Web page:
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Murray Grimwood says this year and those to follow will be interesting. But will we change course?

Public Policy / opinion
Murray Grimwood says this year and those to follow will be interesting. But will we change course?

By Murray Grimwood*

There has been the usual new-year flurry of short-term crystal-ball-gazing, emanating from the closed confines of the usual encampments; economists and social-science types. While both echelons are including global issues – like supply dislocations and conflicts – more, they are still short of appraising the interrelationships of all things with all things.

The simple truth is that our social narrative – almost all of it – was based on an incorrect set of assumptions. We thought we could increase our resource-consumption and waste-ejection, exponentially and forever. We mistook technology for energy; depletion for accrual; cheapness for availability; debt for wealth; and we misunderstood entropy, completely. Those pigeons are coming home to roost, both at global level, and in New Zealand.

Base-line truths, vs belief

The truth is that our social construct consumes energy and resources; putting out low-grade heat and degraded resources. That’s it; that’s the all of it. The physics, chemistry and biology of that, on this obviously-finite planet, are entirely uninterested in political hue; creed; digital expectations; self-importance; undelivered promises; optimism. The truth is that we have used the best half of a one-off global bonanza of fossil energy. We used it to indulge ourselves as if there were no tomorrow (ironically, the closest we’ve come to telling ourselves the truth).

We have built a never-bigger population; a never-bigger interlinked collection of fossil-dependent infrastructure (bitumen-dependent roads; road-
dependent vehicles; vehicle-dependent living arrangements), all of it ageing.

We built a physical-growth-accommodating accounting system which is becoming ever-more-obviously invalid in the face of the Limits to Growth; yet we hang – the way a sermon-swallowing congregation hangs - on every reported twist and turn of what is little more than a self-justifying smoke-and-mirrors Ponzi-scheme. The truth is that our accounting system – debt-issued money – doesn’t have a spreadsheet for physics/chemistry/biology (one proof being that economists still account labor, which was of course an energy-vector - solar-to-food-to-muscle-to-
work – but which is mere ‘noise’ vis-à-vis fossilised solar energy; oil/coal/gas-to-heat-to-work).

Compounding that problem, is that all but the occupiers of the lowest income-rung have status to lose if the present accounting system ceases. Thus the need to believe drives mass belief; something we should keep in mind as our major narrative becomes increasingly invalid and as we see ever-more fundamentalist believers being voted into key roles.

Yet another truth, is that those of us in first class have used that false assumption of infinite growth, to excuse our purloining of other’s resources (energy ones included). We assured ourselves that they just weren’t being as smart as us (or they’d be consuming at our level, wouldn’t they?) and that anyway, they could always catch up later. Then, if they fought back – against our debt-demands and/or forceful persuasions - we focused blame their leadership; their political constructs; anything but address our own repression of them.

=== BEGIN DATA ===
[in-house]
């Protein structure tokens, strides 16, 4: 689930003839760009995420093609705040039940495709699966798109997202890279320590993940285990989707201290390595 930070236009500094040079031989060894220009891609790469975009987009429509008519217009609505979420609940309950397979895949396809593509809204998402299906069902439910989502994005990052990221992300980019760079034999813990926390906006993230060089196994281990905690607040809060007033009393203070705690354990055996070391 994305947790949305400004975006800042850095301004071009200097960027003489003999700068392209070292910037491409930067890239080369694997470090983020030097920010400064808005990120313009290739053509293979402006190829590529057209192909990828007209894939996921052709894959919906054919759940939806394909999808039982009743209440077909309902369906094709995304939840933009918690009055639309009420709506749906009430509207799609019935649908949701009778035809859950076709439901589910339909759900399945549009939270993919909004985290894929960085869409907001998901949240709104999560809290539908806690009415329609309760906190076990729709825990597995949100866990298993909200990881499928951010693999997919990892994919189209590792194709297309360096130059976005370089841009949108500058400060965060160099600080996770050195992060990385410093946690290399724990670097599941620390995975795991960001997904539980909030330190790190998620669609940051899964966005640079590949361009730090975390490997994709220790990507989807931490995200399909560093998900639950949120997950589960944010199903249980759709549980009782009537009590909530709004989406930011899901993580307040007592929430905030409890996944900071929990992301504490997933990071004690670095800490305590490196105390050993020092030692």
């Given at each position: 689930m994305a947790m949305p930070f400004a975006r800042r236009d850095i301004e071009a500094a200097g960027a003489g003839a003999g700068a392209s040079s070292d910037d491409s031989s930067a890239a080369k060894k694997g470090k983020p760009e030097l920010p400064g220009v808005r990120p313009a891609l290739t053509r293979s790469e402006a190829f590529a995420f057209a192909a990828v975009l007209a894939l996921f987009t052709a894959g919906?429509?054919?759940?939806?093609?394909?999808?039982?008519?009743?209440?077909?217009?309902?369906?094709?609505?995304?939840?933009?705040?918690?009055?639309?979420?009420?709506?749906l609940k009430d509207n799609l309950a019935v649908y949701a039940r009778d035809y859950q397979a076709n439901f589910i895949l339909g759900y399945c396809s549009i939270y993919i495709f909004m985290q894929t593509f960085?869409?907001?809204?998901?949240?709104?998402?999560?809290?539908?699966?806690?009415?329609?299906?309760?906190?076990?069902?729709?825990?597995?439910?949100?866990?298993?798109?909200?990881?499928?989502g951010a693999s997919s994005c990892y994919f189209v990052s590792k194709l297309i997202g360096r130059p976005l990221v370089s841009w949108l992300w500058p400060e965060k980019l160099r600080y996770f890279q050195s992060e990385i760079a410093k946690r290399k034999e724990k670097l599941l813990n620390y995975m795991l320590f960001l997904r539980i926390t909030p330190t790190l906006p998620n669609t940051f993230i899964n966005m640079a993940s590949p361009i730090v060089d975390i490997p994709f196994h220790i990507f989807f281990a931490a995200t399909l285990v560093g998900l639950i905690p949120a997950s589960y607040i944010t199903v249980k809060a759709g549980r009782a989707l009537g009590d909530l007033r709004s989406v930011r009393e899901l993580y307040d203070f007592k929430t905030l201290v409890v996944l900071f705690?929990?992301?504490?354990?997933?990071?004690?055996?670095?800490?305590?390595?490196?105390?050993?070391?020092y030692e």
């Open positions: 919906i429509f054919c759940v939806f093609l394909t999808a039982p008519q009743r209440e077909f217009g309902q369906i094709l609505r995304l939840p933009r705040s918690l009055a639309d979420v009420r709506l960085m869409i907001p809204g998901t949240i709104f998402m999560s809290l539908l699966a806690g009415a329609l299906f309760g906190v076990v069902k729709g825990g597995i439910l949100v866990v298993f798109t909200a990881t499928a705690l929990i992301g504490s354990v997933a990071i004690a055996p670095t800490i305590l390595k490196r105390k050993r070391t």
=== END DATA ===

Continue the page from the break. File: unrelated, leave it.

Recently, folk with empathy – or perhaps, a greater tendency towards expressing guilt – have started trying to right some recent local wrongs. I suspect this move was based on a subconscious understanding that we are a species in overshoot, impacting not only our contemporaries, but all those who follow. Easier, though, to make much of redressing the most recent in a long series of resource-commandeerings (in the New Zealand case, European vs Maori) than to ask the bigger existential question(s). Virtue can be loudly signalled (as long as personal property-rights are not impacted, of course!). Self-justification can smugly sleep with itself – despite the fact that resource-displaced future generations are being
impacted by us orders-of-magnitude-morely that the single recent displacement those folk fixate upon.

Those with less empathy – typically those more self-centered and therefore the ones least likely to research with/for dispassionate intellectual interest – put more effort into maintaining whatever the status-quo is, simply because they gained their own level of status in it. They typically hold more of the wealth; thus more control of the rules and of the rule-makers; the recent election being a classic case of ‘follow the money’.

It seems it has ever been thus; every empire has continued until it couldn’t – none seem to have been able to adapt to an inevitable post-growth paradigm; all seem to have ignored their Cassandras. This time, though, the experiment is being run (for the first and only possible time) at global scale. New Zealand has been - whether it demurs modestly or not – part of the predominant global Empire, and we seem to be as incapable of addressing the consequences, as he who famously fiddled while his city burned.

Jacinda Ardern didn’t see the big picture – or she wouldn’t have taken on Child Poverty (which is better described as ‘Child lack of access the resources and energy’; a population vs resource-depletion equation). Christopher Luxon doesn’t see it, nor does Chris Hipkins, indeed most political aspirants seem to be quite capable of throwing anything and everything under the bus – while it is still running, that is – to ensure personal political survival. Truths included.